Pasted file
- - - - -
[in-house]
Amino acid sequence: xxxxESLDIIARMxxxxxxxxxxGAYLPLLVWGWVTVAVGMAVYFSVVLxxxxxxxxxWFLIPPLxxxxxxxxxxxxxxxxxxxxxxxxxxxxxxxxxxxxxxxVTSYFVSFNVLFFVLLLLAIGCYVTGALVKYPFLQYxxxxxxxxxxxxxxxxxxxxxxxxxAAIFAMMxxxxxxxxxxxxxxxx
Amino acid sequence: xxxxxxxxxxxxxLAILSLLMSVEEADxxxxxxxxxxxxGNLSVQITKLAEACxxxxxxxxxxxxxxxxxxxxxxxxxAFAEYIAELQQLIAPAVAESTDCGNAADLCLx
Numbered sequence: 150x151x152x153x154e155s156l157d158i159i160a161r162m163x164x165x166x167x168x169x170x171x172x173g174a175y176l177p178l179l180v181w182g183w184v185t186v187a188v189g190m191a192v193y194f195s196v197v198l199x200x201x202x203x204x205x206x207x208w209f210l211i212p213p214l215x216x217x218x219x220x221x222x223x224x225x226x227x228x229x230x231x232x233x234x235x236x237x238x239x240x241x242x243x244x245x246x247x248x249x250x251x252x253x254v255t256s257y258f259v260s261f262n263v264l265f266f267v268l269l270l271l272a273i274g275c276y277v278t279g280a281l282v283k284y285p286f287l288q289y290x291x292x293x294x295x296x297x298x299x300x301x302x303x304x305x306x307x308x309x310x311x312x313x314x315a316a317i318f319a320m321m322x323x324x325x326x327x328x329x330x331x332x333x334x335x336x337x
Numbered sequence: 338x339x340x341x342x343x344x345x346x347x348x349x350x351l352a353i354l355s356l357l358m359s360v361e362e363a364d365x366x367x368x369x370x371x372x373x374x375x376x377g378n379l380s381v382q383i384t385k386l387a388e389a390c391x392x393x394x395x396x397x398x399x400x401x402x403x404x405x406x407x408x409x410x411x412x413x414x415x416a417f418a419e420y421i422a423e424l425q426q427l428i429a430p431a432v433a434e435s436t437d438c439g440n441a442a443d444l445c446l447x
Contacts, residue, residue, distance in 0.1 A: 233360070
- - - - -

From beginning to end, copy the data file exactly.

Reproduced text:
[in-house]
Amino acid sequence: xxxxESLDIIARMxxxxxxxxxxGAYLPLLVWGWVTVAVGMAVYFSVVLxxxxxxxxxWFLIPPLxxxxxxxxxxxxxxxxxxxxxxxxxxxxxxxxxxxxxxxVTSYFVSFNVLFFVLLLLAIGCYVTGALVKYPFLQYxxxxxxxxxxxxxxxxxxxxxxxxxAAIFAMMxxxxxxxxxxxxxxxx
Amino acid sequence: xxxxxxxxxxxxxLAILSLLMSVEEADxxxxxxxxxxxxGNLSVQITKLAEACxxxxxxxxxxxxxxxxxxxxxxxxxAFAEYIAELQQLIAPAVAESTDCGNAADLCLx
Numbered sequence: 150x151x152x153x154e155s156l157d158i159i160a161r162m163x164x165x166x167x168x169x170x171x172x173g174a175y176l177p178l179l180v181w182g183w184v185t186v187a188v189g190m191a192v193y194f195s196v197v198l199x200x201x202x203x204x205x206x207x208w209f210l211i212p213p214l215x216x217x218x219x220x221x222x223x224x225x226x227x228x229x230x231x232x233x234x235x236x237x238x239x240x241x242x243x244x245x246x247x248x249x250x251x252x253x254v255t256s257y258f259v260s261f262n263v264l265f266f267v268l269l270l271l272a273i274g275c276y277v278t279g280a281l282v283k284y285p286f287l288q289y290x291x292x293x294x295x296x297x298x299x300x301x302x303x304x305x306x307x308x309x310x311x312x313x314x315a316a317i318f319a320m321m322x323x324x325x326x327x328x329x330x331x332x333x334x335x336x337x
Numbered sequence: 338x339x340x341x342x343x344x345x346x347x348x349x350x351l352a353i354l355s356l357l358m359s360v361e362e363a364d365x366x367x368x369x370x371x372x373x374x375x376x377g378n379l380s381v382q383i384t385k386l387a388e389a390c391x392x393x394x395x396x397x398x399x400x401x402x403x404x405x406x407x408x409x410x411x412x413x414x415x416a417f418a419e420y421i422a423e424l425q426q427l428i429a430p431a432v433a434e435s436t437d438c439g440n441a442a443d444l445c446l447x
Contacts, residue, residue, distance in 0.1 A: 233360070